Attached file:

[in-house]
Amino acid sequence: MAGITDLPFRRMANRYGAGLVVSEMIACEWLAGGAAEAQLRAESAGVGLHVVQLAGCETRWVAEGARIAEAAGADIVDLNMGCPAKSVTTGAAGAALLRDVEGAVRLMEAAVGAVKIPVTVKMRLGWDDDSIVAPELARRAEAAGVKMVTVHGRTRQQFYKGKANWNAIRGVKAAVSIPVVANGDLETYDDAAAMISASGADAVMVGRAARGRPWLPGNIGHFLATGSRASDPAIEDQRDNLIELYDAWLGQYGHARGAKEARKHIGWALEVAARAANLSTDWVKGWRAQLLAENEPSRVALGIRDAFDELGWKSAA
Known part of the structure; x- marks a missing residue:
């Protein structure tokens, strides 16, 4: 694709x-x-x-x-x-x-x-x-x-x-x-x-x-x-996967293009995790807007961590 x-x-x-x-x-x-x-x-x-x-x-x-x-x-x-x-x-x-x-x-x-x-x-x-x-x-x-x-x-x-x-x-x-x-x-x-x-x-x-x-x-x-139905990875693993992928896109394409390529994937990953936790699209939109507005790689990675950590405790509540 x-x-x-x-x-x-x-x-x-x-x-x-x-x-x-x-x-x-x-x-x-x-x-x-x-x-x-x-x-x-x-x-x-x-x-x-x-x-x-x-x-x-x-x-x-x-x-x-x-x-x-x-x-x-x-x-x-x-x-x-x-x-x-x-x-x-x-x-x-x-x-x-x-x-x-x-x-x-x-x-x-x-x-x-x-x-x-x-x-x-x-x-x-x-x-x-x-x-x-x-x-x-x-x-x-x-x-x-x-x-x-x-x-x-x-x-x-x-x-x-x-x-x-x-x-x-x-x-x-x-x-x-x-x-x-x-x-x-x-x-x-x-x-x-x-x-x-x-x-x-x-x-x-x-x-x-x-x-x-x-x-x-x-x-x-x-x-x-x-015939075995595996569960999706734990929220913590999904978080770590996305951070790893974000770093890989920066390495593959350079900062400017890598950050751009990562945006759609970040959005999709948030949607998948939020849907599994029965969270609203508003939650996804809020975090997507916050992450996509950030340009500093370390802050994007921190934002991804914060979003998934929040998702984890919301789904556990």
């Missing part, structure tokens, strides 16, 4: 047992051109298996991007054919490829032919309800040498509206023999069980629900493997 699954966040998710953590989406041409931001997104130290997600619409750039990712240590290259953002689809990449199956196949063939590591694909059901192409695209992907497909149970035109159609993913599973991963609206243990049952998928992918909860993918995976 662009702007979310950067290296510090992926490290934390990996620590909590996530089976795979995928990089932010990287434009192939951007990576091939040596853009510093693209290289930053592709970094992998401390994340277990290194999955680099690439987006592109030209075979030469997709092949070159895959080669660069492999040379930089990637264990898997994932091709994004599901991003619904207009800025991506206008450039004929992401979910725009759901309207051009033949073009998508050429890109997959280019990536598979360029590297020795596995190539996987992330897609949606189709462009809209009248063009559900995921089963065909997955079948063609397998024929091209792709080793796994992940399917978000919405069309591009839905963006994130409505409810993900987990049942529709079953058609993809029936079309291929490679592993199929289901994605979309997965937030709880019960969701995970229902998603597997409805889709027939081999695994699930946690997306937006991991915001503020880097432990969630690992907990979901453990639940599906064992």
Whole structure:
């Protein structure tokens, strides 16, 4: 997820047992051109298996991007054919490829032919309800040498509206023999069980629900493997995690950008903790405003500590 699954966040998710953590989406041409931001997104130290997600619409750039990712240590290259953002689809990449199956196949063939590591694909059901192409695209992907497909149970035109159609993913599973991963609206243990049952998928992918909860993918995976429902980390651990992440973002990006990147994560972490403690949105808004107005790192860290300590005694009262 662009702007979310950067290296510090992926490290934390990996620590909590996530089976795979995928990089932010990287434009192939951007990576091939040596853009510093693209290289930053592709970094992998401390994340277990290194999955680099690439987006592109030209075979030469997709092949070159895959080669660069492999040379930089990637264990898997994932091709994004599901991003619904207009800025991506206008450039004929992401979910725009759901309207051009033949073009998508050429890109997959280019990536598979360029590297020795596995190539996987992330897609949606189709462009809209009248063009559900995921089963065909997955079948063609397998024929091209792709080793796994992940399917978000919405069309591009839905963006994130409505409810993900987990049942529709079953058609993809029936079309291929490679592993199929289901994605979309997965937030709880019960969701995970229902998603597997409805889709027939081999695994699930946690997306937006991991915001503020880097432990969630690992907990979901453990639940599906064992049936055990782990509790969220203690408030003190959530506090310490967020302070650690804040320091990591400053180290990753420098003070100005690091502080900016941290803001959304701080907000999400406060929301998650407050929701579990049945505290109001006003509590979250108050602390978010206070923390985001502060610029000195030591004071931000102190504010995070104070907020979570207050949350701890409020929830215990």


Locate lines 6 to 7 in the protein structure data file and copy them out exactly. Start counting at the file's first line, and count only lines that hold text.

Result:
Whole structure:
């Protein structure tokens, strides 16, 4: 997820047992051109298996991007054919490829032919309800040498509206023999069980629900493997995690950008903790405003500590 699954966040998710953590989406041409931001997104130290997600619409750039990712240590290259953002689809990449199956196949063939590591694909059901192409695209992907497909149970035109159609993913599973991963609206243990049952998928992918909860993918995976429902980390651990992440973002990006990147994560972490403690949105808004107005790192860290300590005694009262 662009702007979310950067290296510090992926490290934390990996620590909590996530089976795979995928990089932010990287434009192939951007990576091939040596853009510093693209290289930053592709970094992998401390994340277990290194999955680099690439987006592109030209075979030469997709092949070159895959080669660069492999040379930089990637264990898997994932091709994004599901991003619904207009800025991506206008450039004929992401979910725009759901309207051009033949073009998508050429890109997959280019990536598979360029590297020795596995190539996987992330897609949606189709462009809209009248063009559900995921089963065909997955079948063609397998024929091209792709080793796994992940399917978000919405069309591009839905963006994130409505409810993900987990049942529709079953058609993809029936079309291929490679592993199929289901994605979309997965937030709880019960969701995970229902998603597997409805889709027939081999695994699930946690997306937006991991915001503020880097432990969630690992907990979901453990639940599906064992049936055990782990509790969220203690408030003190959530506090310490967020302070650690804040320091990591400053180290990753420098003070100005690091502080900016941290803001959304701080907000999400406060929301998650407050929701579990049945505290109001006003509590979250108050602390978010206070923390985001502060610029000195030591004071931000102190504010995070104070907020979570207050949350701890409020929830215990």